We’ve all seen that scene that pops up every so often in the TV crime dramas or those action-packed cop buddy movies. The detective is undercover, following leads, trying to get clues from anyone he can that will help him locate the criminal he’s after. Eventually, our hero runs into someone who suspects that he’s a police officer.
“Are you a cop?”, he says. “I know the law. If you’re a cop, you have to tell me.”
Is it true, though? Does an undercover police officer have to tell the truth if he’s asked about his real identity? The short answer is no, he doesn’t, but let’s look at where this undying myth comes from along with some of the things that an undercover cop really can or can’t do in the line of duty.
A Myth Based On The Concept Of Police Entrapment
If you think about it logically for a moment, it really would be silly if this common misconception was actually true. If, when asked, a police officer always had to tell you the truth, that he was indeed a police officer, the police would never arrest anyone. Criminals could simply ask everyone they meet if they are a cop and they’d never have to worry about anything. Plain-clothes law enforcement organizations like the FBI couldn’t even exist.
Although the idea that an undercover police officer has to tell the truth is just a myth, that myth is based on the very real concept of police entrapment. Even if an undercover police officer doesn’t necessarily have to be honest with you, there are some things that he can’t do when trying to catch someone committing an illegal act.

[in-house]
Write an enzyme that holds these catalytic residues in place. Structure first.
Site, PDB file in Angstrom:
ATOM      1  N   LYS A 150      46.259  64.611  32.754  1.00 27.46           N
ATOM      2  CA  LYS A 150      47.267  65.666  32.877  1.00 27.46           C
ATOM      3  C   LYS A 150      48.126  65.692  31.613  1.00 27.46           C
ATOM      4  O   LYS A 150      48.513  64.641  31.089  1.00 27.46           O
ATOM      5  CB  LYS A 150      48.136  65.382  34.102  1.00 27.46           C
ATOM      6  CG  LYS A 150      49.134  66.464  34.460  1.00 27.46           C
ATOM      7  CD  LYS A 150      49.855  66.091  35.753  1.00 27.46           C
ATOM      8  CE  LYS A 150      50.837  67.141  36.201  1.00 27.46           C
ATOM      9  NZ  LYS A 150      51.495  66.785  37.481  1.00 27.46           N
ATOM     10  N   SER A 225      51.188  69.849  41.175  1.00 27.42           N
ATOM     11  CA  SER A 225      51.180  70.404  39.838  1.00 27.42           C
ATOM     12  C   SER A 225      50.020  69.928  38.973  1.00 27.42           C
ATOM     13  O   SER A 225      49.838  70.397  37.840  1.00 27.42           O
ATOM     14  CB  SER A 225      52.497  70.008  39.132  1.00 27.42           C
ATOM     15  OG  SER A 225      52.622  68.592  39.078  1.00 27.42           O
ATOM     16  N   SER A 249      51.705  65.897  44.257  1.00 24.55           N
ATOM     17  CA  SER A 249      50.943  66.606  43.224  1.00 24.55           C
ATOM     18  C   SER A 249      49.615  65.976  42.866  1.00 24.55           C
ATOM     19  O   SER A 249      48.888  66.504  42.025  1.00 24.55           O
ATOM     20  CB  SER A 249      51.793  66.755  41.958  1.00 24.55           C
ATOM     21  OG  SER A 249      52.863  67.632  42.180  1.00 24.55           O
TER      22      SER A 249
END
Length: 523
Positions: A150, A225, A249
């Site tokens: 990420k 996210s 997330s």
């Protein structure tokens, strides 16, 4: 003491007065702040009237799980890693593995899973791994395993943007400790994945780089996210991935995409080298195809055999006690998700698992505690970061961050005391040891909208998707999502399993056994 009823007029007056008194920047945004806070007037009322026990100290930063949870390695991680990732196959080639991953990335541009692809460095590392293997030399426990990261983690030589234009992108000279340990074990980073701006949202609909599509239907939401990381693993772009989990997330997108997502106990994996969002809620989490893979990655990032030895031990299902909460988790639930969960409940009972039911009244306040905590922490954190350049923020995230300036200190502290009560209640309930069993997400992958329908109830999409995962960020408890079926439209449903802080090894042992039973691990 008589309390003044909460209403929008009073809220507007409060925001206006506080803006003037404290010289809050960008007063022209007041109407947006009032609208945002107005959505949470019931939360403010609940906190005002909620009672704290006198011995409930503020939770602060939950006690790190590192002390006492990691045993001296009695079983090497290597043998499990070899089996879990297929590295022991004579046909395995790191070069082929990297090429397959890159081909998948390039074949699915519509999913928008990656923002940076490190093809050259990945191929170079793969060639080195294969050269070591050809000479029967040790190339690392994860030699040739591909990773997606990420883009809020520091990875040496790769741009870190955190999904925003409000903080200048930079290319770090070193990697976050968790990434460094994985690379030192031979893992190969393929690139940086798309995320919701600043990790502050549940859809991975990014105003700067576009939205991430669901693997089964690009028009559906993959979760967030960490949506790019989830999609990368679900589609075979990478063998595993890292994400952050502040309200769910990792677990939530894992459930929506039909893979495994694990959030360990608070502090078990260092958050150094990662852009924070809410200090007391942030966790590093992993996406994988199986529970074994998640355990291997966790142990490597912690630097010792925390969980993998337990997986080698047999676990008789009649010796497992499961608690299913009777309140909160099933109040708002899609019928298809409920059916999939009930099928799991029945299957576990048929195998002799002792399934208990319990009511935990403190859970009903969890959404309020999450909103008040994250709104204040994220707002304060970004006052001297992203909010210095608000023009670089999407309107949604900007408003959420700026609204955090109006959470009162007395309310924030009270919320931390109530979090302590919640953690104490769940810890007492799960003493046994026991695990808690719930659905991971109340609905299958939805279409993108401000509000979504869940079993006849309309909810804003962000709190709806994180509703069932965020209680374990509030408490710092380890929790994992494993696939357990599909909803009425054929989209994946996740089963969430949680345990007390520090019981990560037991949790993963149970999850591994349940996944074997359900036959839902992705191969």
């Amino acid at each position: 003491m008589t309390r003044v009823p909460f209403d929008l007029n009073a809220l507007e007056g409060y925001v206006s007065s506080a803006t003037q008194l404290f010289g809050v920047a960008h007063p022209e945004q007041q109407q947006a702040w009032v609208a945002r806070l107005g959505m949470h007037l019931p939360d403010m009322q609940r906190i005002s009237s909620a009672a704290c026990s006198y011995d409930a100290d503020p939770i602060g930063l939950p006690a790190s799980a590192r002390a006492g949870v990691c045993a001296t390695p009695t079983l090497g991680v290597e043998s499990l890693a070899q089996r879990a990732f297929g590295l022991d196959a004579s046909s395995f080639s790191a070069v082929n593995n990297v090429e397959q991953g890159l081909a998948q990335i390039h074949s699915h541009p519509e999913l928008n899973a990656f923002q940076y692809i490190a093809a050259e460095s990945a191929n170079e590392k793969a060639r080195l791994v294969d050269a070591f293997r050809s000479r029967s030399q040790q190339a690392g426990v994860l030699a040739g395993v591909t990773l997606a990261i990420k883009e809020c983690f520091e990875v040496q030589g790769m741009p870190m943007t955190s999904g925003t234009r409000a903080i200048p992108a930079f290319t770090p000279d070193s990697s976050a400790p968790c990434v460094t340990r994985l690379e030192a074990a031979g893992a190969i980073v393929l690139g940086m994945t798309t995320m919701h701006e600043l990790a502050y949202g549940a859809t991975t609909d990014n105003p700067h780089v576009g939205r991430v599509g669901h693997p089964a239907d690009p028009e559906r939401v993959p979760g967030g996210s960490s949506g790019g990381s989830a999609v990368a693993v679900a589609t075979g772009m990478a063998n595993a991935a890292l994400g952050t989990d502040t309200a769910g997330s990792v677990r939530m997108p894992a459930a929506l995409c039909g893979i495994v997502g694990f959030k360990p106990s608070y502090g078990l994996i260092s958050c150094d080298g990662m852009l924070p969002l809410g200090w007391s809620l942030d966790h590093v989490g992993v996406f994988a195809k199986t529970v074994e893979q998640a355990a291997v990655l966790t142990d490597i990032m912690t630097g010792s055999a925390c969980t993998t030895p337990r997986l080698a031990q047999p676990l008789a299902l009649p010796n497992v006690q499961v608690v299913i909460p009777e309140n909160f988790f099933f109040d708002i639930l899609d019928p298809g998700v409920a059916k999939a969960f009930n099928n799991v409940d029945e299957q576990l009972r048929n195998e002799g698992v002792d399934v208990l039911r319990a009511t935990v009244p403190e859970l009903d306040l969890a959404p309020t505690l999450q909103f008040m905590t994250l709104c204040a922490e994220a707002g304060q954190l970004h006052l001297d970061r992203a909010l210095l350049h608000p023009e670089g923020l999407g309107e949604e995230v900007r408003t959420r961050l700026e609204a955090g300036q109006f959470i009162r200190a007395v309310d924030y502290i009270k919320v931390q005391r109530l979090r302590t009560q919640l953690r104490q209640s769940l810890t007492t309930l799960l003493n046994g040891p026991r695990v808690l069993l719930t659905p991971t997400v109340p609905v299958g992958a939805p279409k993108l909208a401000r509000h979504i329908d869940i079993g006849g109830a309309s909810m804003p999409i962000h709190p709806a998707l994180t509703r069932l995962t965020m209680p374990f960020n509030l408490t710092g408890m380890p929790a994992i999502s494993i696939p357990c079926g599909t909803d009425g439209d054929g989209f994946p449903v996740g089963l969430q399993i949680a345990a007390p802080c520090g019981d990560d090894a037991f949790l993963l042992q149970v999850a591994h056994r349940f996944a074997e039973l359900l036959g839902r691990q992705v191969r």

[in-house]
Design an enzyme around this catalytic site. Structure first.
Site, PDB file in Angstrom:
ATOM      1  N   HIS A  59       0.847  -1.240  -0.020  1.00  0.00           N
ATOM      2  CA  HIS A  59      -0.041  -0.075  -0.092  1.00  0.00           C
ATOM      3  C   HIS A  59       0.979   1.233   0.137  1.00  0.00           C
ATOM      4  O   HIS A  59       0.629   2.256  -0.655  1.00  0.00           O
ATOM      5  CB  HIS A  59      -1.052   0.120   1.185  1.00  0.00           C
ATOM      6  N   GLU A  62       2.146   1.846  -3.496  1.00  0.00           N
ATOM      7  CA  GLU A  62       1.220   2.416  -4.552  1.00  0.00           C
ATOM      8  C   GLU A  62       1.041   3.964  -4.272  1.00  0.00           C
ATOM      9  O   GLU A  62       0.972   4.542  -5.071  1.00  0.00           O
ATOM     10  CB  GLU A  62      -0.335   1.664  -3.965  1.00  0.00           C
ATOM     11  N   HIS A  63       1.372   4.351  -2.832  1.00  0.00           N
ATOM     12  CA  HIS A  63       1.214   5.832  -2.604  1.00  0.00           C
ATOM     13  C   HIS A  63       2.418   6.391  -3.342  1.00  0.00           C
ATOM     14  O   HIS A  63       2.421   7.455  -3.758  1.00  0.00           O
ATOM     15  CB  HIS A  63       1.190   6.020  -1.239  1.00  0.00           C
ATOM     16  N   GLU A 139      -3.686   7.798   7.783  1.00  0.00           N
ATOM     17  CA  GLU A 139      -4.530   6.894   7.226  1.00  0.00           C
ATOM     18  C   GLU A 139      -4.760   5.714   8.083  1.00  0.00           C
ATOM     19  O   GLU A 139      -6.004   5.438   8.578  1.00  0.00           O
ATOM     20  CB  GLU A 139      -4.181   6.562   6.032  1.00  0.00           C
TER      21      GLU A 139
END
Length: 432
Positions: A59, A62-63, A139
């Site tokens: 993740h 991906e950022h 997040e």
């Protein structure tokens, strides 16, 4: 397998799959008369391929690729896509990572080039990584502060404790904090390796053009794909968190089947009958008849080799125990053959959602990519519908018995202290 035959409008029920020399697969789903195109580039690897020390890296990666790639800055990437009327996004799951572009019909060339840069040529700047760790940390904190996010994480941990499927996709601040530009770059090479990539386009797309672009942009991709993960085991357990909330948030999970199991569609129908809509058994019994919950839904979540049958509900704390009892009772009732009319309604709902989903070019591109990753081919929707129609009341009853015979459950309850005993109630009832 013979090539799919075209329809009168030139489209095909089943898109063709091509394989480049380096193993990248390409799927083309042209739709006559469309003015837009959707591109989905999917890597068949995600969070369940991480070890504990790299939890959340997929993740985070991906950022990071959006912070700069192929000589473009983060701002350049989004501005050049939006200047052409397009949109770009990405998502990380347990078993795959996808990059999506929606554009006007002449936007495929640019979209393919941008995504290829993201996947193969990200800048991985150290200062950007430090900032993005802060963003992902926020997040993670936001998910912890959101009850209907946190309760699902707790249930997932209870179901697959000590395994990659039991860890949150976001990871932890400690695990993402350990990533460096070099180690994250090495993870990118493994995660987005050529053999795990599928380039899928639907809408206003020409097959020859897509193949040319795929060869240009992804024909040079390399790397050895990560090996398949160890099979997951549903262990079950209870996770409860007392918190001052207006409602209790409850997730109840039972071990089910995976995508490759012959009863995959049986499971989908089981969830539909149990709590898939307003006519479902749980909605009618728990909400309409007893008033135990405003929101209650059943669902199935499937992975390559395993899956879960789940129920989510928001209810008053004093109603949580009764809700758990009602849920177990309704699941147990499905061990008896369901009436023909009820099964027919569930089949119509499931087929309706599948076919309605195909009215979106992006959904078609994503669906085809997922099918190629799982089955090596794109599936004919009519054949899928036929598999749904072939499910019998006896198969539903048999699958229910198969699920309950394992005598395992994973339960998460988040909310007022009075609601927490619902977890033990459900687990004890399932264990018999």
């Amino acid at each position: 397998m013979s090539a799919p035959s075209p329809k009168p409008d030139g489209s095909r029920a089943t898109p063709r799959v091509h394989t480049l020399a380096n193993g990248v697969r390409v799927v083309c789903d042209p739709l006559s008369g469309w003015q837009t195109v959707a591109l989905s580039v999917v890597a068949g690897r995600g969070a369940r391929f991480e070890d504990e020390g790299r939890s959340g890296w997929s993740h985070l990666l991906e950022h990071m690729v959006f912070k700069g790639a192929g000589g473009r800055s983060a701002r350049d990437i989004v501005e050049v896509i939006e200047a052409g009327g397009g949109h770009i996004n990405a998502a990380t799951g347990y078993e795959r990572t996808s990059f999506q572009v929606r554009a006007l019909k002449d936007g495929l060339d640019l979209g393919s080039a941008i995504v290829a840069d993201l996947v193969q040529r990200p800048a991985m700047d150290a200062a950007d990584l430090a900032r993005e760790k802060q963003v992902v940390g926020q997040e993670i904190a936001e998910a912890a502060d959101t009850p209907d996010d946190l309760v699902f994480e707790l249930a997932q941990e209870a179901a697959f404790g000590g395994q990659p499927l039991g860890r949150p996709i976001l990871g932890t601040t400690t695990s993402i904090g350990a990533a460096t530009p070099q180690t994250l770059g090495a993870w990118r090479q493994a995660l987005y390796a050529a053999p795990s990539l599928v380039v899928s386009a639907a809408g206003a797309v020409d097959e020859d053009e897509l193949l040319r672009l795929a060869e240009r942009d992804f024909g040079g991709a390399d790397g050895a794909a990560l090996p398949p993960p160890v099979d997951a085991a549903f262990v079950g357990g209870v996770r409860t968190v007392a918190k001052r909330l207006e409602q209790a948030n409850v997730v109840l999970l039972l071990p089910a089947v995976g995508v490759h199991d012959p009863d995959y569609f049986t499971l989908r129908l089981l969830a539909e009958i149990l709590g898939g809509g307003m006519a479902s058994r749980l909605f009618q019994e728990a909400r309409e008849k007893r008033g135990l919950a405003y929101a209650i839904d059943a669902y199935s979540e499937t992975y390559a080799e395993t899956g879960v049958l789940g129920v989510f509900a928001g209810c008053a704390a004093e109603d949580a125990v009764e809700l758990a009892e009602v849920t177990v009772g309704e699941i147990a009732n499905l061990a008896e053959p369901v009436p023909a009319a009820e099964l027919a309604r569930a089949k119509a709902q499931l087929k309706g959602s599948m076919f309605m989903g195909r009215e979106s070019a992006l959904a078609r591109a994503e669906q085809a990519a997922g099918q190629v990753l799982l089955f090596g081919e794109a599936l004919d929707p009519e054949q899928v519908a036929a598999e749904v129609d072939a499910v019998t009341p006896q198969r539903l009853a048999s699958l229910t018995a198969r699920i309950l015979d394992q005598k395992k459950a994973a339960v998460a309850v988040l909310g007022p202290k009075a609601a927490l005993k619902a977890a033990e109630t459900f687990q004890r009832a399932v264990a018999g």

Police Entrapment Laws In Kentucky
Under the law, a person can not be found guilty of an offense if the following two conditions exist:
- He was induced or encouraged to engage in that conduct by a public servant or by a person acting in cooperation with a public servant seeking to obtain evidence against him for the purpose of criminal prosecution.
- At the time of the inducement or encouragement, he was not otherwise disposed to engage in such conduct.
To put it in simpler terms, this means that a person can not be found guilty of a crime if he was convinced to commit that crime by a police officer (or anyone acting in cooperation with the police) as long as the person would not have committed that crime anyway.
For example, if an undercover police officer gave someone a bag of drugs and asked them to sell or deliver it to someone else and then arrested them for drug distribution, this could be entrapment. The person involved got the drugs they allegedly distributed from the police officer. Since they were not in possession of any drugs prior to their interaction with the police officer, they could not have committed this crime on their own.
What Is Not Police Entrapment Under Kentucky Law
§ 505.010 also goes on to explain two specific circumstances that would invalidate the entrapment defense described above.
You can not use entrapment as a defense if a police officer only afforded you the opportunity to commit an offense but did not convince you to do so, or if you are being prosecuted based on an offense that includes physical injury or the threat of physical injury to someone other than the person who would be perpetrating the entrapment.
A perfect example of this would be when an undercover police officer buys drugs from a known dealer to gather evidence. In this case, the police officer is giving the defendant the opportunity to commit an offense but it is something that that person would have done anyway. There was no coercion involved. Entrapment wouldn’t be a viable defense in this case.
Do You Suspect You’ve Been The Victim Of Police Entrapment?
If you’ve been charged with a crime and suspect that you may be a victim of police entrapment, it’s imperative that you contact a knowledgeable Kentucky criminal defense attorney as soon as possible. Fast action is the key to a solid and successful defense.
The team at Baldani Law Group will be behind you with more than 100 years of combined experience working to get the best possible results. Contact us online or call (859) 259-0727 to schedule a free consultation. We’ll happily go over the details of your case and discuss exactly what we can do to help you.